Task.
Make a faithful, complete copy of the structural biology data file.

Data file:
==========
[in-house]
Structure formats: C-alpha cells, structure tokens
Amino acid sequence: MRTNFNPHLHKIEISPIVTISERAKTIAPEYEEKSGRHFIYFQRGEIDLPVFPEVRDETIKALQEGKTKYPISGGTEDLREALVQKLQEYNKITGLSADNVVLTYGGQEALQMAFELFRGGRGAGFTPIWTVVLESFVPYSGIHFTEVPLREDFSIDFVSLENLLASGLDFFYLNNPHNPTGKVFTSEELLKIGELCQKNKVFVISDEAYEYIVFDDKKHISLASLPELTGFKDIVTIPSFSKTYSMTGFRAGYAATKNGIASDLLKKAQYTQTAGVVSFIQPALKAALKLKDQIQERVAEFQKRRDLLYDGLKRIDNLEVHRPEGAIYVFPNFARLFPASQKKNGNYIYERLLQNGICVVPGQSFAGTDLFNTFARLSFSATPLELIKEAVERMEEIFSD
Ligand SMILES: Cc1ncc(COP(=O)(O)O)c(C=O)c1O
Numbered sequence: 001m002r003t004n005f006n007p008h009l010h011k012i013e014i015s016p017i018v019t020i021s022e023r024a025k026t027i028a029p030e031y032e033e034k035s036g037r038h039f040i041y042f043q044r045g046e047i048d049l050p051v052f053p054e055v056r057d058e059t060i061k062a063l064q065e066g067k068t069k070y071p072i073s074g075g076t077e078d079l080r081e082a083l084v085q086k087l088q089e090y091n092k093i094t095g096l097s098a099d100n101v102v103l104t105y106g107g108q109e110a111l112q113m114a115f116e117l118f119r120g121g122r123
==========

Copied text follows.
[in-house]
Structure formats: C-alpha cells, structure tokens
Amino acid sequence: MRTNFNPHLHKIEISPIVTISERAKTIAPEYEEKSGRHFIYFQRGEIDLPVFPEVRDETIKALQEGKTKYPISGGTEDLREALVQKLQEYNKITGLSADNVVLTYGGQEALQMAFELFRGGRGAGFTPIWTVVLESFVPYSGIHFTEVPLREDFSIDFVSLENLLASGLDFFYLNNPHNPTGKVFTSEELLKIGELCQKNKVFVISDEAYEYIVFDDKKHISLASLPELTGFKDIVTIPSFSKTYSMTGFRAGYAATKNGIASDLLKKAQYTQTAGVVSFIQPALKAALKLKDQIQERVAEFQKRRDLLYDGLKRIDNLEVHRPEGAIYVFPNFARLFPASQKKNGNYIYERLLQNGICVVPGQSFAGTDLFNTFARLSFSATPLELIKEAVERMEEIFSD
Ligand SMILES: Cc1ncc(COP(=O)(O)O)c(C=O)c1O
Numbered sequence: 001m002r003t004n005f006n007p008h009l010h011k012i013e014i015s016p017i018v019t020i021s022e023r024a025k026t027i028a029p030e031y032e033e034k035s036g037r038h039f040i041y042f043q044r045g046e047i048d049l050p051v052f053p054e055v056r057d058e059t060i061k062a063l064q065e066g067k068t069k070y071p072i073s074g075g076t077e078d079l080r081e082a083l084v085q086k087l088q089e090y091n092k093i094t095g096l097s098a099d100n101v102v103l104t105y106g107g108q109e110a111l112q113m114a115f116e117l118f119r120g121g122r123